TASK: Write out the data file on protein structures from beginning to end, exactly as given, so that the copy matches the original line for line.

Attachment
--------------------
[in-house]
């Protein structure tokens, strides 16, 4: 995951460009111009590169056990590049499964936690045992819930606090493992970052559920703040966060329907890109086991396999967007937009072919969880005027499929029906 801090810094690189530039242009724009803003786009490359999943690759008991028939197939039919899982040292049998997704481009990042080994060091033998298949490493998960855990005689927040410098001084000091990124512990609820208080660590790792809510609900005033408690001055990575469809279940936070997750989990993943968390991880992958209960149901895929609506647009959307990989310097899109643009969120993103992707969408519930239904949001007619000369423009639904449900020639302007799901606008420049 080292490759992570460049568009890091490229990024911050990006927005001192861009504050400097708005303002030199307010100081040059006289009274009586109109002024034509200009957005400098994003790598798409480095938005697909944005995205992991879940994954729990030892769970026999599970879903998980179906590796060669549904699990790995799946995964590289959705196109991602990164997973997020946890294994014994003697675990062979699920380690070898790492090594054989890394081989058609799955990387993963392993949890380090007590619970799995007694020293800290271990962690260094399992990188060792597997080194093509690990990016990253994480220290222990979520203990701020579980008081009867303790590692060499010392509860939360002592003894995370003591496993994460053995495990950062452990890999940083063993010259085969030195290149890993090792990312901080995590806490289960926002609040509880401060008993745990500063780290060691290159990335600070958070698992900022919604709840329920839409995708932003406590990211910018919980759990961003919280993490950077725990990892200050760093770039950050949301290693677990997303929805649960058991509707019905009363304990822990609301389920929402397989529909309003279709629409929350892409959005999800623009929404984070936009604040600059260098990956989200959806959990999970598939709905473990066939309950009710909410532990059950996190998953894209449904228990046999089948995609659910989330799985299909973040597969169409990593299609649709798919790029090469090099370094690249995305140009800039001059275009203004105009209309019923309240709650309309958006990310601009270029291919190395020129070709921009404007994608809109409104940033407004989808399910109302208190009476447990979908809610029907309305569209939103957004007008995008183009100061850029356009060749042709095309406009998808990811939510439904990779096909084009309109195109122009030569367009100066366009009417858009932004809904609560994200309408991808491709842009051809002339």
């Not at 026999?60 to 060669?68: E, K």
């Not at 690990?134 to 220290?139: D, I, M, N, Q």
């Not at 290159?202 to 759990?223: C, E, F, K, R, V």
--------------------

[in-house]
């Protein structure tokens, strides 16, 4: 995951460009111009590169056990590049499964936690045992819930606090493992970052559920703040966060329907890109086991396999967007937009072919969880005027499929029906 801090810094690189530039242009724009803003786009490359999943690759008991028939197939039919899982040292049998997704481009990042080994060091033998298949490493998960855990005689927040410098001084000091990124512990609820208080660590790792809510609900005033408690001055990575469809279940936070997750989990993943968390991880992958209960149901895929609506647009959307990989310097899109643009969120993103992707969408519930239904949001007619000369423009639904449900020639302007799901606008420049 080292490759992570460049568009890091490229990024911050990006927005001192861009504050400097708005303002030199307010100081040059006289009274009586109109002024034509200009957005400098994003790598798409480095938005697909944005995205992991879940994954729990030892769970026999599970879903998980179906590796060669549904699990790995799946995964590289959705196109991602990164997973997020946890294994014994003697675990062979699920380690070898790492090594054989890394081989058609799955990387993963392993949890380090007590619970799995007694020293800290271990962690260094399992990188060792597997080194093509690990990016990253994480220290222990979520203990701020579980008081009867303790590692060499010392509860939360002592003894995370003591496993994460053995495990950062452990890999940083063993010259085969030195290149890993090792990312901080995590806490289960926002609040509880401060008993745990500063780290060691290159990335600070958070698992900022919604709840329920839409995708932003406590990211910018919980759990961003919280993490950077725990990892200050760093770039950050949301290693677990997303929805649960058991509707019905009363304990822990609301389920929402397989529909309003279709629409929350892409959005999800623009929404984070936009604040600059260098990956989200959806959990999970598939709905473990066939309950009710909410532990059950996190998953894209449904228990046999089948995609659910989330799985299909973040597969169409990593299609649709798919790029090469090099370094690249995305140009800039001059275009203004105009209309019923309240709650309309958006990310601009270029291919190395020129070709921009404007994608809109409104940033407004989808399910109302208190009476447990979908809610029907309305569209939103957004007008995008183009100061850029356009060749042709095309406009998808990811939510439904990779096909084009309109195109122009030569367009100066366009009417858009932004809904609560994200309408991808491709842009051809002339």
């Not at 026999?60 to 060669?68: E, K």
């Not at 690990?134 to 220290?139: D, I, M, N, Q």
């Not at 290159?202 to 759990?223: C, E, F, K, R, V």